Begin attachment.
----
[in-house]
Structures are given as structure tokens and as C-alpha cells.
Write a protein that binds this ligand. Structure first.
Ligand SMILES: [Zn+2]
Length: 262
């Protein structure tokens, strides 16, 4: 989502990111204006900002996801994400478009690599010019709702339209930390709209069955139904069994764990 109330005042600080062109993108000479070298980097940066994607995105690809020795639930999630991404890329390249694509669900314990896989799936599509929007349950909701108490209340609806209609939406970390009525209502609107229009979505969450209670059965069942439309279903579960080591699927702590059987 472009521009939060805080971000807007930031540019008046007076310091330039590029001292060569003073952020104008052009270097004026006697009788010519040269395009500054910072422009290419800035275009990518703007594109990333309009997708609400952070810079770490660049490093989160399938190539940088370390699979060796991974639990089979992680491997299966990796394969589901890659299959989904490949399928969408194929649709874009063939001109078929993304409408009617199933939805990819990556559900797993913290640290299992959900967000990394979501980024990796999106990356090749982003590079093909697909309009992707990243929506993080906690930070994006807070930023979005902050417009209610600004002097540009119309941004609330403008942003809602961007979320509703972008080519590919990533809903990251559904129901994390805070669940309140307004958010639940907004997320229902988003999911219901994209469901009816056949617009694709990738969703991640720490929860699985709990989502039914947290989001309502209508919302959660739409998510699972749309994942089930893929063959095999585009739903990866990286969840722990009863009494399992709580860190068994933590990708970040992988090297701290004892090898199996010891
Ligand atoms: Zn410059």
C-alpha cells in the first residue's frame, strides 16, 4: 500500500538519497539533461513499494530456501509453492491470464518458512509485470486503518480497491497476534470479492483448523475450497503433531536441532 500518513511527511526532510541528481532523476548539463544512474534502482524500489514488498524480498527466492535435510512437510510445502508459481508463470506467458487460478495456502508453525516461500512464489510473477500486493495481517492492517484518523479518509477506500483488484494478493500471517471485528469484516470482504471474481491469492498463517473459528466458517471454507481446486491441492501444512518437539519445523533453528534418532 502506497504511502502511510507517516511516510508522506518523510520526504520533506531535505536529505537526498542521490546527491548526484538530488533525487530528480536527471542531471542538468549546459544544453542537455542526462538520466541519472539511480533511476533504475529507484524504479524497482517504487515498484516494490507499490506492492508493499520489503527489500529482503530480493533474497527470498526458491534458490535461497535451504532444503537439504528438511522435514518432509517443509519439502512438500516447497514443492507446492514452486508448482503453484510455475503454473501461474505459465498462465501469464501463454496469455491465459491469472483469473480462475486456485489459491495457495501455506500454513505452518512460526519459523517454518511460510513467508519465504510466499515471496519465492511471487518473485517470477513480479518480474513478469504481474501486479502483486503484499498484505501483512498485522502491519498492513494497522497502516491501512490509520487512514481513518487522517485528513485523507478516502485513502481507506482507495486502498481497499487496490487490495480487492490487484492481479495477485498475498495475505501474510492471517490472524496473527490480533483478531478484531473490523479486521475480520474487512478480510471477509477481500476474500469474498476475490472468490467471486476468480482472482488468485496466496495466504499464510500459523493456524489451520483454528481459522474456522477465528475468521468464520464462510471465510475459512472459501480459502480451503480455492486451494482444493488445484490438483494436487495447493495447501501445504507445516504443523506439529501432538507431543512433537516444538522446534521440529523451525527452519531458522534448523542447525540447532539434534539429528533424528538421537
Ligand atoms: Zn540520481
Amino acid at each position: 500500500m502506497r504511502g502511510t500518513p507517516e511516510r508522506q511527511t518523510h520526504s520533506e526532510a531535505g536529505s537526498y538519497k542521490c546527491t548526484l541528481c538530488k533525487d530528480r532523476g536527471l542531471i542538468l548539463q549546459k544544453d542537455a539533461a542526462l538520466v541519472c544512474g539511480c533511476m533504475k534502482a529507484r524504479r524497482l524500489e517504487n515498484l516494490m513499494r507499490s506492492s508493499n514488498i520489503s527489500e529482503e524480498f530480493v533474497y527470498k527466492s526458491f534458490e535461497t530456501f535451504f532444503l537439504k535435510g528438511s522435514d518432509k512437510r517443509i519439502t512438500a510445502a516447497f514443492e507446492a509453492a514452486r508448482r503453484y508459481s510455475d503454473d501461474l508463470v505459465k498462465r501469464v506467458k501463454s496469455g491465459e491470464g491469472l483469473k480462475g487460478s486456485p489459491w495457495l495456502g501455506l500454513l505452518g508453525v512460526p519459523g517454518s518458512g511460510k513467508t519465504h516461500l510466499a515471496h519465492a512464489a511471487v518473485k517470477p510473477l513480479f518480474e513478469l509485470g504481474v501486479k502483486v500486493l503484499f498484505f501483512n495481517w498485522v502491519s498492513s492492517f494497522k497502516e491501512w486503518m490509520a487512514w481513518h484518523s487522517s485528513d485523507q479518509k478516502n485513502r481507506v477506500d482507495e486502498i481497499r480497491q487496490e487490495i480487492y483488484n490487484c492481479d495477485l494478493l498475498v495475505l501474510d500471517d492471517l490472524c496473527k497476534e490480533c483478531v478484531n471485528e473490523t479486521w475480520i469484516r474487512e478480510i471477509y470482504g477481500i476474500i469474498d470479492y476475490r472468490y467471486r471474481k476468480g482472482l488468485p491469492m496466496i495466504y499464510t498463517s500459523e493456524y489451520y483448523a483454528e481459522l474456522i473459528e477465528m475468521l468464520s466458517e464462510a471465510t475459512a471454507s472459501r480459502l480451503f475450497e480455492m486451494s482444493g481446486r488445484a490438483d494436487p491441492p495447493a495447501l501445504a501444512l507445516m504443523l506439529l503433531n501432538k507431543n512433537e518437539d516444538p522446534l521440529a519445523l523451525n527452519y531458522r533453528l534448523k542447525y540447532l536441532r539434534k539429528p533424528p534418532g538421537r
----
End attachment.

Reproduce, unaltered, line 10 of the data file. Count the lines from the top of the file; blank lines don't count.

Amino acid at each position: 500500500m502506497r504511502g502511510t500518513p507517516e511516510r508522506q511527511t518523510h520526504s520533506e526532510a531535505g536529505s537526498y538519497k542521490c546527491t548526484l541528481c538530488k533525487d530528480r532523476g536527471l542531471i542538468l548539463q549546459k544544453d542537455a539533461a542526462l538520466v541519472c544512474g539511480c533511476m533504475k534502482a529507484r524504479r524497482l524500489e517504487n515498484l516494490m513499494r507499490s506492492s508493499n514488498i520489503s527489500e529482503e524480498f530480493v533474497y527470498k527466492s526458491f534458490e535461497t530456501f535451504f532444503l537439504k535435510g528438511s522435514d518432509k512437510r517443509i519439502t512438500a510445502a516447497f514443492e507446492a509453492a514452486r508448482r503453484y508459481s510455475d503454473d501461474l508463470v505459465k498462465r501469464v506467458k501463454s496469455g491465459e491470464g491469472l483469473k480462475g487460478s486456485p489459491w495457495l495456502g501455506l500454513l505452518g508453525v512460526p519459523g517454518s518458512g511460510k513467508t519465504h516461500l510466499a515471496h519465492a512464489a511471487v518473485k517470477p510473477l513480479f518480474e513478469l509485470g504481474v501486479k502483486v500486493l503484499f498484505f501483512n495481517w498485522v502491519s498492513s492492517f494497522k497502516e491501512w486503518m490509520a487512514w481513518h484518523s487522517s485528513d485523507q479518509k478516502n485513502r481507506v477506500d482507495e486502498i481497499r480497491q487496490e487490495i480487492y483488484n490487484c492481479d495477485l494478493l498475498v495475505l501474510d500471517d492471517l490472524c496473527k497476534e490480533c483478531v478484531n471485528e473490523t479486521w475480520i469484516r474487512e478480510i471477509y470482504g477481500i476474500i469474498d470479492y476475490r472468490y467471486r471474481k476468480g482472482l488468485p491469492m496466496i495466504y499464510t498463517s500459523e493456524y489451520y483448523a483454528e481459522l474456522i473459528e477465528m475468521l468464520s466458517e464462510a471465510t475459512a471454507s472459501r480459502l480451503f475450497e480455492m486451494s482444493g481446486r488445484a490438483d494436487p491441492p495447493a495447501l501445504a501444512l507445516m504443523l506439529l503433531n501432538k507431543n512433537e518437539d516444538p522446534l521440529a519445523l523451525n527452519y531458522r533453528l534448523k542447525y540447532l536441532r539434534k539429528p533424528p534418532g538421537r